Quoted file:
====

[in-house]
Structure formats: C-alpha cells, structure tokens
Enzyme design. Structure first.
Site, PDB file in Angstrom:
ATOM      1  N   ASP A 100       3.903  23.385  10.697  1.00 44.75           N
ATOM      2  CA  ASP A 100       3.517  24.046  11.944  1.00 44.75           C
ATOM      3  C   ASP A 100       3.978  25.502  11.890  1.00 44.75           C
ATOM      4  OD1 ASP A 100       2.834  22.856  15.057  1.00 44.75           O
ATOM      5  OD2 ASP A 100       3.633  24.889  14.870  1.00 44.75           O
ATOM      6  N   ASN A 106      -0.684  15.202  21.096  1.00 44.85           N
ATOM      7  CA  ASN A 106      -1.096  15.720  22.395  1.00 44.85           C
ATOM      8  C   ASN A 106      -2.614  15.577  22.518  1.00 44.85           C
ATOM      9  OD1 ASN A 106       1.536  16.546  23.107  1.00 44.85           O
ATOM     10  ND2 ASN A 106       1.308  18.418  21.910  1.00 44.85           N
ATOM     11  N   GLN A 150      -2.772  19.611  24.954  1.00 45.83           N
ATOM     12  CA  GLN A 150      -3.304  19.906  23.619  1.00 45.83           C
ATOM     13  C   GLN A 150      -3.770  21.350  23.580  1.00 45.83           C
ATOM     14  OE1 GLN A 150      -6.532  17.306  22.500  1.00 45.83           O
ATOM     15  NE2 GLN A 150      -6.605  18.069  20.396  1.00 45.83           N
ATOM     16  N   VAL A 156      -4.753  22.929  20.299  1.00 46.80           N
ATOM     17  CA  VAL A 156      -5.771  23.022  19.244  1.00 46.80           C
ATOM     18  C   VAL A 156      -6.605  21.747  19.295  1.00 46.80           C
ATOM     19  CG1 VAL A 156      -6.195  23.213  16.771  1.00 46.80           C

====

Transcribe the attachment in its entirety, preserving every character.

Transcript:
[in-house]
Structure formats: C-alpha cells, structure tokens
Enzyme design. Structure first.
Site, PDB file in Angstrom:
ATOM      1  N   ASP A 100       3.903  23.385  10.697  1.00 44.75           N
ATOM      2  CA  ASP A 100       3.517  24.046  11.944  1.00 44.75           C
ATOM      3  C   ASP A 100       3.978  25.502  11.890  1.00 44.75           C
ATOM      4  OD1 ASP A 100       2.834  22.856  15.057  1.00 44.75           O
ATOM      5  OD2 ASP A 100       3.633  24.889  14.870  1.00 44.75           O
ATOM      6  N   ASN A 106      -0.684  15.202  21.096  1.00 44.85           N
ATOM      7  CA  ASN A 106      -1.096  15.720  22.395  1.00 44.85           C
ATOM      8  C   ASN A 106      -2.614  15.577  22.518  1.00 44.85           C
ATOM      9  OD1 ASN A 106       1.536  16.546  23.107  1.00 44.85           O
ATOM     10  ND2 ASN A 106       1.308  18.418  21.910  1.00 44.85           N
ATOM     11  N   GLN A 150      -2.772  19.611  24.954  1.00 45.83           N
ATOM     12  CA  GLN A 150      -3.304  19.906  23.619  1.00 45.83           C
ATOM     13  C   GLN A 150      -3.770  21.350  23.580  1.00 45.83           C
ATOM     14  OE1 GLN A 150      -6.532  17.306  22.500  1.00 45.83           O
ATOM     15  NE2 GLN A 150      -6.605  18.069  20.396  1.00 45.83           N
ATOM     16  N   VAL A 156      -4.753  22.929  20.299  1.00 46.80           N
ATOM     17  CA  VAL A 156      -5.771  23.022  19.244  1.00 46.80           C
ATOM     18  C   VAL A 156      -6.605  21.747  19.295  1.00 46.80           C
ATOM     19  CG1 VAL A 156      -6.195  23.213  16.771  1.00 46.80           C